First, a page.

Dawson Plans To Fight Charges Against Her

  • WENN
Men In Black II star Rosario Dawson is planning to fight disorderly conduct and obstruction charges against her. The actress was arrested last year for breaking a little-known New York state rule, which forbids protestors from covering their faces, while filming a scene for a new film in the midst of a real-life rally at the Republican National Convention. The 25-year-old star was wearing two handkerchiefs on her face with only her eyes showing and reportedly refused when ordered by police to move on. When This Revolution director Stephen Marshall attempted to show cops he had a city film permit, he and Dawson were arrested. Dawson, who denies police claims that she refused to move on, has moved to dismiss the charges against her. This request was denied in a Manhattan court Wednesday. The actress and director Marshall will stand trial next week.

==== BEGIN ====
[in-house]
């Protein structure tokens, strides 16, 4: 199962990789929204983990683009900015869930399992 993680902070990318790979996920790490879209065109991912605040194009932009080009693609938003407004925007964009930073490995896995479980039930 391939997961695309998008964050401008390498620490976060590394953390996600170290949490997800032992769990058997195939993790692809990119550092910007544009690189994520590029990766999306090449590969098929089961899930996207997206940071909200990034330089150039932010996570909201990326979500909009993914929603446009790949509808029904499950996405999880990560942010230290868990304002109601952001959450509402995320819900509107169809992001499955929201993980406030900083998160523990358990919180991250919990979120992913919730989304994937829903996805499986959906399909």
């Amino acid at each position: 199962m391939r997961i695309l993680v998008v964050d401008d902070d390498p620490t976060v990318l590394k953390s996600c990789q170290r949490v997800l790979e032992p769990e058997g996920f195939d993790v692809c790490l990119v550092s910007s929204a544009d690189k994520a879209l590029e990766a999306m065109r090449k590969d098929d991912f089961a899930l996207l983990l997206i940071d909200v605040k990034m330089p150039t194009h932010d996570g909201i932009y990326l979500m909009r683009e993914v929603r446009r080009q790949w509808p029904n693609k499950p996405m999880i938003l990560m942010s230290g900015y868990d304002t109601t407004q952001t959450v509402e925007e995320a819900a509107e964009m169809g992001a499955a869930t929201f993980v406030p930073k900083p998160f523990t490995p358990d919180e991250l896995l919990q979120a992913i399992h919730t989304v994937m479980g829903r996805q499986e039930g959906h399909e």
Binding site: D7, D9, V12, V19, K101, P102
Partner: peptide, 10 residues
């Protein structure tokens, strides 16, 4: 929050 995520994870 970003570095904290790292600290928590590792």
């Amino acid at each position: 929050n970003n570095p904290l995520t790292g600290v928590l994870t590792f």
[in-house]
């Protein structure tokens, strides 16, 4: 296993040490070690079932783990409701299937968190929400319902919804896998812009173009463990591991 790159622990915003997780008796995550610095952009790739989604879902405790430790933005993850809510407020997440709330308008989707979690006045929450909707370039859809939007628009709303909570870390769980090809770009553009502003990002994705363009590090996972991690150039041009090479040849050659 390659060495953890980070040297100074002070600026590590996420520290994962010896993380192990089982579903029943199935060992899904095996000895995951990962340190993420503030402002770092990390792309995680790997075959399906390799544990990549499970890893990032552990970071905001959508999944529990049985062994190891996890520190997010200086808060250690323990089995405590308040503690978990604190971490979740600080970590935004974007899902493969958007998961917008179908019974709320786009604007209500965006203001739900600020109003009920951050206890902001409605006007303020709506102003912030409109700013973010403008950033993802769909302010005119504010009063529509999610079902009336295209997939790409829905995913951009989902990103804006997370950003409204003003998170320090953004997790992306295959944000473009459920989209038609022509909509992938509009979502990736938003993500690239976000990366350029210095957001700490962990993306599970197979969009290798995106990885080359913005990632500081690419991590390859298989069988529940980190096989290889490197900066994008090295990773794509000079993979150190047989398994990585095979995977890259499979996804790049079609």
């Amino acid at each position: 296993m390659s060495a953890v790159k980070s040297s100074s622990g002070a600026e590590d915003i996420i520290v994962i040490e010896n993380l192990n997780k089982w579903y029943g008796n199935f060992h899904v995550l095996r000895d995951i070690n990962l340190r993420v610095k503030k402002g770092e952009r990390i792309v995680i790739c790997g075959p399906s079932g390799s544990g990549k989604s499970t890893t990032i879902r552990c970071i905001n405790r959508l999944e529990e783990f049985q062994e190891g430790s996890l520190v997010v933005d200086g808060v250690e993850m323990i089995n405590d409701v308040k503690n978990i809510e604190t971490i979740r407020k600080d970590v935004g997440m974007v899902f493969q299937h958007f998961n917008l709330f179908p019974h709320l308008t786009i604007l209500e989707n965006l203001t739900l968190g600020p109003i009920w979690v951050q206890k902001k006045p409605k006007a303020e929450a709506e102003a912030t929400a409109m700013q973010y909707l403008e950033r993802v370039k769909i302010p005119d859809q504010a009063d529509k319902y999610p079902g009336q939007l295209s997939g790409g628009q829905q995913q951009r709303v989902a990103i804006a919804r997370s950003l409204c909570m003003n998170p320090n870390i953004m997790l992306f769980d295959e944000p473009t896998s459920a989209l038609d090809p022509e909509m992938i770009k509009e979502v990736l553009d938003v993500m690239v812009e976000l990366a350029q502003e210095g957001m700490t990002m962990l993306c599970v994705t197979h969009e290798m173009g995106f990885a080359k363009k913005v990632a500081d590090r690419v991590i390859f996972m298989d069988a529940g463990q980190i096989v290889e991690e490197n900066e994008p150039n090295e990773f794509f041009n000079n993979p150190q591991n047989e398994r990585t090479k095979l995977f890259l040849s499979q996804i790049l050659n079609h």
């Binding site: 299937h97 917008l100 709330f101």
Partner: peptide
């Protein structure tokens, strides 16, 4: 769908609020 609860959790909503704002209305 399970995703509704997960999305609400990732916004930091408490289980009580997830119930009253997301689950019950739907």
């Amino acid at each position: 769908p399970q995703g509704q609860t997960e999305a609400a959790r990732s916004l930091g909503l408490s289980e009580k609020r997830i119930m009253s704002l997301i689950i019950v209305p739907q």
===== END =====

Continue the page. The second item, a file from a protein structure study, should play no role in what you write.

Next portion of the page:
This Revolution

This Revolution
PARK CITY -- In 1968, amidst riots at the Democratic National Convention in Chicago, cinematographer Haskel Wexler wrapped a fictional story around the footage he was shooting in the streets and created a new genre, blurring the line between fiction and real life, feature and documentary. His film, Medium Cool, is the model for Stephen Marshall's This Revolution, shot at the Republican National Convention in New York and completed in an amazing 100 days. It's the kind of engaged, political filmmaking that is rarely seen today, and it's a welcome and powerful addition to the canon.

But no film can get by on good intentions alone. This Revolution is big on relevance and a bit thin on execution. Still, despite its shortcomings, it's a story that demands to be told and should be seen by as many people as possible. Politically committed filmgoers will no doubt find it a launching pad for heated debate.